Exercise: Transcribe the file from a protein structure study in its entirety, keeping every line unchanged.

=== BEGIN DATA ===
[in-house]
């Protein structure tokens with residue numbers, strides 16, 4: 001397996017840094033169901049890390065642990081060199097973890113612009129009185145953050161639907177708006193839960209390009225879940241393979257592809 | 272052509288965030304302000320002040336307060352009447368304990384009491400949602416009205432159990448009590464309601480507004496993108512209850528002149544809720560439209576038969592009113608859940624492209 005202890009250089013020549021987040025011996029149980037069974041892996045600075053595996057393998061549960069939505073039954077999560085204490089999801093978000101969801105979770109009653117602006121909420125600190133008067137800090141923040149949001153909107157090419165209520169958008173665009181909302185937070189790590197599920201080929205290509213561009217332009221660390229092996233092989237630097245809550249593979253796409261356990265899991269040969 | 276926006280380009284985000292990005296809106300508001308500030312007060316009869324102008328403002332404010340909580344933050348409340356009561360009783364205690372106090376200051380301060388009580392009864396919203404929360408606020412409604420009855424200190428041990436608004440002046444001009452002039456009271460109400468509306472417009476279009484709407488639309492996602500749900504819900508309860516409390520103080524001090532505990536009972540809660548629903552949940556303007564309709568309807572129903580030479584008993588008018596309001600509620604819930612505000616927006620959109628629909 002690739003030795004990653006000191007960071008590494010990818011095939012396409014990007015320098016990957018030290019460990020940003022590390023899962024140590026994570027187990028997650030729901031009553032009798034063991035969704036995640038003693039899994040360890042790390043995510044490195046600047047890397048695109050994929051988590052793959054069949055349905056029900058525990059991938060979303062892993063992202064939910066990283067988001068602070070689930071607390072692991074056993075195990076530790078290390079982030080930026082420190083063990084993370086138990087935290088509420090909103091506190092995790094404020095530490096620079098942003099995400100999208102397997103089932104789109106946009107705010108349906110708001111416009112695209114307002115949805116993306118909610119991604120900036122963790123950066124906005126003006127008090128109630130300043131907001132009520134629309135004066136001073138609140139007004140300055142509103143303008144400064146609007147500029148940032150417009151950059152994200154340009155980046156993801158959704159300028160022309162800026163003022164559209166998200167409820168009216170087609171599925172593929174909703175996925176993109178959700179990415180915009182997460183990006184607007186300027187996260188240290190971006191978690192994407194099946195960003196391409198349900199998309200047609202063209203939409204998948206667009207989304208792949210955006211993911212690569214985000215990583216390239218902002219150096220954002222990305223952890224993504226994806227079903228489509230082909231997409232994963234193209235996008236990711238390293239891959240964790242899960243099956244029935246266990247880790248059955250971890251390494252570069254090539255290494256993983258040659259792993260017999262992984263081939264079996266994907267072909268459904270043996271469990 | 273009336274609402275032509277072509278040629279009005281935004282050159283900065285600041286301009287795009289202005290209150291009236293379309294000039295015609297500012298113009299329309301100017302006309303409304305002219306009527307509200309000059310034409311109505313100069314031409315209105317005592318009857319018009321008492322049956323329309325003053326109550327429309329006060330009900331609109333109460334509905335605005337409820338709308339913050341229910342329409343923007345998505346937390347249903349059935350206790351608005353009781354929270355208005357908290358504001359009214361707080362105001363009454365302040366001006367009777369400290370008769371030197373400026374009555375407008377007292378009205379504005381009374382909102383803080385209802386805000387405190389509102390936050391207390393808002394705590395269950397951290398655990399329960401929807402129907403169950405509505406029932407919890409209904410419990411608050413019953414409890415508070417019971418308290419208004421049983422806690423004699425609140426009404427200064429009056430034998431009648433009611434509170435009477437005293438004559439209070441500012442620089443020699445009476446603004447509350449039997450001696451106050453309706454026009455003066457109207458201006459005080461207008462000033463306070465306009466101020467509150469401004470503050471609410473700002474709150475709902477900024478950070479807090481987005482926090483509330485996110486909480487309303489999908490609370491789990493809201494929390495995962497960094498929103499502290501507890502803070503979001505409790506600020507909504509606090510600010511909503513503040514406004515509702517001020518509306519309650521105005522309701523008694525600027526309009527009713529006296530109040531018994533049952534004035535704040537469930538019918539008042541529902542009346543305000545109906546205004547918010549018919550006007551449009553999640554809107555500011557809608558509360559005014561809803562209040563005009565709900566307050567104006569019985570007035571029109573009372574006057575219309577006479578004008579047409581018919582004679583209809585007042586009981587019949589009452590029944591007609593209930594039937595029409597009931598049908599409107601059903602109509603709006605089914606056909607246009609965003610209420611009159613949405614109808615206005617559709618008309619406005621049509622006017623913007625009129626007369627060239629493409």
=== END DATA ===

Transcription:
[in-house]
């Protein structure tokens with residue numbers, strides 16, 4: 001397996017840094033169901049890390065642990081060199097973890113612009129009185145953050161639907177708006193839960209390009225879940241393979257592809 | 272052509288965030304302000320002040336307060352009447368304990384009491400949602416009205432159990448009590464309601480507004496993108512209850528002149544809720560439209576038969592009113608859940624492209 005202890009250089013020549021987040025011996029149980037069974041892996045600075053595996057393998061549960069939505073039954077999560085204490089999801093978000101969801105979770109009653117602006121909420125600190133008067137800090141923040149949001153909107157090419165209520169958008173665009181909302185937070189790590197599920201080929205290509213561009217332009221660390229092996233092989237630097245809550249593979253796409261356990265899991269040969 | 276926006280380009284985000292990005296809106300508001308500030312007060316009869324102008328403002332404010340909580344933050348409340356009561360009783364205690372106090376200051380301060388009580392009864396919203404929360408606020412409604420009855424200190428041990436608004440002046444001009452002039456009271460109400468509306472417009476279009484709407488639309492996602500749900504819900508309860516409390520103080524001090532505990536009972540809660548629903552949940556303007564309709568309807572129903580030479584008993588008018596309001600509620604819930612505000616927006620959109628629909 002690739003030795004990653006000191007960071008590494010990818011095939012396409014990007015320098016990957018030290019460990020940003022590390023899962024140590026994570027187990028997650030729901031009553032009798034063991035969704036995640038003693039899994040360890042790390043995510044490195046600047047890397048695109050994929051988590052793959054069949055349905056029900058525990059991938060979303062892993063992202064939910066990283067988001068602070070689930071607390072692991074056993075195990076530790078290390079982030080930026082420190083063990084993370086138990087935290088509420090909103091506190092995790094404020095530490096620079098942003099995400100999208102397997103089932104789109106946009107705010108349906110708001111416009112695209114307002115949805116993306118909610119991604120900036122963790123950066124906005126003006127008090128109630130300043131907001132009520134629309135004066136001073138609140139007004140300055142509103143303008144400064146609007147500029148940032150417009151950059152994200154340009155980046156993801158959704159300028160022309162800026163003022164559209166998200167409820168009216170087609171599925172593929174909703175996925176993109178959700179990415180915009182997460183990006184607007186300027187996260188240290190971006191978690192994407194099946195960003196391409198349900199998309200047609202063209203939409204998948206667009207989304208792949210955006211993911212690569214985000215990583216390239218902002219150096220954002222990305223952890224993504226994806227079903228489509230082909231997409232994963234193209235996008236990711238390293239891959240964790242899960243099956244029935246266990247880790248059955250971890251390494252570069254090539255290494256993983258040659259792993260017999262992984263081939264079996266994907267072909268459904270043996271469990 | 273009336274609402275032509277072509278040629279009005281935004282050159283900065285600041286301009287795009289202005290209150291009236293379309294000039295015609297500012298113009299329309301100017302006309303409304305002219306009527307509200309000059310034409311109505313100069314031409315209105317005592318009857319018009321008492322049956323329309325003053326109550327429309329006060330009900331609109333109460334509905335605005337409820338709308339913050341229910342329409343923007345998505346937390347249903349059935350206790351608005353009781354929270355208005357908290358504001359009214361707080362105001363009454365302040366001006367009777369400290370008769371030197373400026374009555375407008377007292378009205379504005381009374382909102383803080385209802386805000387405190389509102390936050391207390393808002394705590395269950397951290398655990399329960401929807402129907403169950405509505406029932407919890409209904410419990411608050413019953414409890415508070417019971418308290419208004421049983422806690423004699425609140426009404427200064429009056430034998431009648433009611434509170435009477437005293438004559439209070441500012442620089443020699445009476446603004447509350449039997450001696451106050453309706454026009455003066457109207458201006459005080461207008462000033463306070465306009466101020467509150469401004470503050471609410473700002474709150475709902477900024478950070479807090481987005482926090483509330485996110486909480487309303489999908490609370491789990493809201494929390495995962497960094498929103499502290501507890502803070503979001505409790506600020507909504509606090510600010511909503513503040514406004515509702517001020518509306519309650521105005522309701523008694525600027526309009527009713529006296530109040531018994533049952534004035535704040537469930538019918539008042541529902542009346543305000545109906546205004547918010549018919550006007551449009553999640554809107555500011557809608558509360559005014561809803562209040563005009565709900566307050567104006569019985570007035571029109573009372574006057575219309577006479578004008579047409581018919582004679583209809585007042586009981587019949589009452590029944591007609593209930594039937595029409597009931598049908599409107601059903602109509603709006605089914606056909607246009609965003610209420611009159613949405614109808615206005617559709618008309619406005621049509622006017623913007625009129626007369627060239629493409």